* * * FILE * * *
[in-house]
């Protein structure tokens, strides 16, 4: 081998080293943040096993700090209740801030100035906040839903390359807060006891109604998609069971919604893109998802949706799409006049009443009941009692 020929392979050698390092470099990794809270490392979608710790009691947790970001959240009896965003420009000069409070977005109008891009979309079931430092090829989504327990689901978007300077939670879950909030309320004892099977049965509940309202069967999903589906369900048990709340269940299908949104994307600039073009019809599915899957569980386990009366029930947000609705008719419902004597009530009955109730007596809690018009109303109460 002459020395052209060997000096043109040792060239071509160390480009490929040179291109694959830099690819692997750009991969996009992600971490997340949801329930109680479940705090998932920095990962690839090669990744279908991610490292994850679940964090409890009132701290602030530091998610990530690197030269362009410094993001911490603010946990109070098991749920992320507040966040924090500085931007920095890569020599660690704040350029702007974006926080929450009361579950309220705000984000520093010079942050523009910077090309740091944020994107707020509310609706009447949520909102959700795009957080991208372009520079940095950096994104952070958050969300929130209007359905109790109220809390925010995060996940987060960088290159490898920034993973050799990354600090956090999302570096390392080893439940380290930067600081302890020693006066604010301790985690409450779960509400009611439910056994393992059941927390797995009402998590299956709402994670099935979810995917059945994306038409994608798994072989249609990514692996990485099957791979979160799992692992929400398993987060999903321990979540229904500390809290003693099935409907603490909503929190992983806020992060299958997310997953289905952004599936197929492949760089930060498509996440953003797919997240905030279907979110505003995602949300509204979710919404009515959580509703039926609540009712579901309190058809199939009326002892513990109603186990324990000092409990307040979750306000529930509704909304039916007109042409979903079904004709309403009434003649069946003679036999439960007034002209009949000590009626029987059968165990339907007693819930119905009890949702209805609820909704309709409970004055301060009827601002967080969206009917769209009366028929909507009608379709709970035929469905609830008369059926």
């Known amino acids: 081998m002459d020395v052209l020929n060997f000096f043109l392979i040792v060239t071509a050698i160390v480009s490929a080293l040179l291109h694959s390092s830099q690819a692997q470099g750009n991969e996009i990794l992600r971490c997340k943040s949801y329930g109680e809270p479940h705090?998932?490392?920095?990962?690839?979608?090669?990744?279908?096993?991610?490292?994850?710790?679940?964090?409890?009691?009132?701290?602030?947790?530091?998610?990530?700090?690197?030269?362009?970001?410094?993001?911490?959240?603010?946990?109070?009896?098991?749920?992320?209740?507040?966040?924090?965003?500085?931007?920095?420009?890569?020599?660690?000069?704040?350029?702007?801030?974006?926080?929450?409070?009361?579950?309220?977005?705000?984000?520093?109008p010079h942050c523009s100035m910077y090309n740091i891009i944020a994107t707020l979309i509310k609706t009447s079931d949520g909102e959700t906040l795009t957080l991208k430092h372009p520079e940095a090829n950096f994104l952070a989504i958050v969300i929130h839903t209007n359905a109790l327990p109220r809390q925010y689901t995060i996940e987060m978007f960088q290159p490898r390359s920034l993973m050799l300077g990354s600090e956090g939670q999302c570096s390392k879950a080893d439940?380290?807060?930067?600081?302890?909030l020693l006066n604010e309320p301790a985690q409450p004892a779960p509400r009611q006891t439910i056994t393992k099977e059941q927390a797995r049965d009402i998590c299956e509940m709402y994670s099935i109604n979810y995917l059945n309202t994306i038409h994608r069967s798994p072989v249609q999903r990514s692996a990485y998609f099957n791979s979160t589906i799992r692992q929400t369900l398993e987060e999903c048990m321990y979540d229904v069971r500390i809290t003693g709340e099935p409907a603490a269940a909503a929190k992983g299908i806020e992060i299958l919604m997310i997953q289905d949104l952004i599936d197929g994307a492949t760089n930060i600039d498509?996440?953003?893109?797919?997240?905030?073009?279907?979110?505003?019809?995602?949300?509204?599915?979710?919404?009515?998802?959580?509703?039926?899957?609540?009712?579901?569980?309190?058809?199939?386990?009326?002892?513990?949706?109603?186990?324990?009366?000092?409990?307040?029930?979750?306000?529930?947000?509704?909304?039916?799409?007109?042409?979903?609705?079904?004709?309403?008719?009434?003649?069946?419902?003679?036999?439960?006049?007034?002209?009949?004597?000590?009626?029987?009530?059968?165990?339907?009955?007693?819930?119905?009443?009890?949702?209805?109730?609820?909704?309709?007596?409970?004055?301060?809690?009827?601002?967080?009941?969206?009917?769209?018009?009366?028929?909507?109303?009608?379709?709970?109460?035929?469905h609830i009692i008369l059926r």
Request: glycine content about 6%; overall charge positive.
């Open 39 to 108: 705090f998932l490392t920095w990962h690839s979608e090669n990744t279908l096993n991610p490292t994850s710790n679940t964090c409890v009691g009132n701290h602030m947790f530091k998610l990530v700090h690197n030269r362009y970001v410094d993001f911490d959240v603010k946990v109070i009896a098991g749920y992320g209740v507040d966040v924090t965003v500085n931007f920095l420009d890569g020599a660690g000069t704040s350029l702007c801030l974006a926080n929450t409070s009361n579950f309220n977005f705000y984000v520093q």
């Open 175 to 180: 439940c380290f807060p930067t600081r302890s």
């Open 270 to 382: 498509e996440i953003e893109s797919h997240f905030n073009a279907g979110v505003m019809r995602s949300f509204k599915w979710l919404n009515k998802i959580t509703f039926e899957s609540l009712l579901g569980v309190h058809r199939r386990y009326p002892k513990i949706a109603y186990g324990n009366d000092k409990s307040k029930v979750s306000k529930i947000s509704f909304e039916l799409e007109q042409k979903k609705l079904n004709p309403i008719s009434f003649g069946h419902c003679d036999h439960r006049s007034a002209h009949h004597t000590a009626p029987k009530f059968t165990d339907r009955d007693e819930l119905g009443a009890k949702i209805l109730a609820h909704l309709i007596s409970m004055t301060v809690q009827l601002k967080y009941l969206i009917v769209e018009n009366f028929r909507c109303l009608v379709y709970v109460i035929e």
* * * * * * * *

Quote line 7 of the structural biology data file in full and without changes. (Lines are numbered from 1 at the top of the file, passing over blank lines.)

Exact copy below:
């Open 270 to 382: 498509e996440i953003e893109s797919h997240f905030n073009a279907g979110v505003m019809r995602s949300f509204k599915w979710l919404n009515k998802i959580t509703f039926e899957s609540l009712l579901g569980v309190h058809r199939r386990y009326p002892k513990i949706a109603y186990g324990n009366d000092k409990s307040k029930v979750s306000k529930i947000s509704f909304e039916l799409e007109q042409k979903k609705l079904n004709p309403i008719s009434f003649g069946h419902c003679d036999h439960r006049s007034a002209h009949h004597t000590a009626p029987k009530f059968t165990d339907r009955d007693e819930l119905g009443a009890k949702i209805l109730a609820h909704l309709i007596s409970m004055t301060v809690q009827l601002k967080y009941l969206i009917v769209e018009n009366f028929r909507c109303l009608v379709y709970v109460i035929e």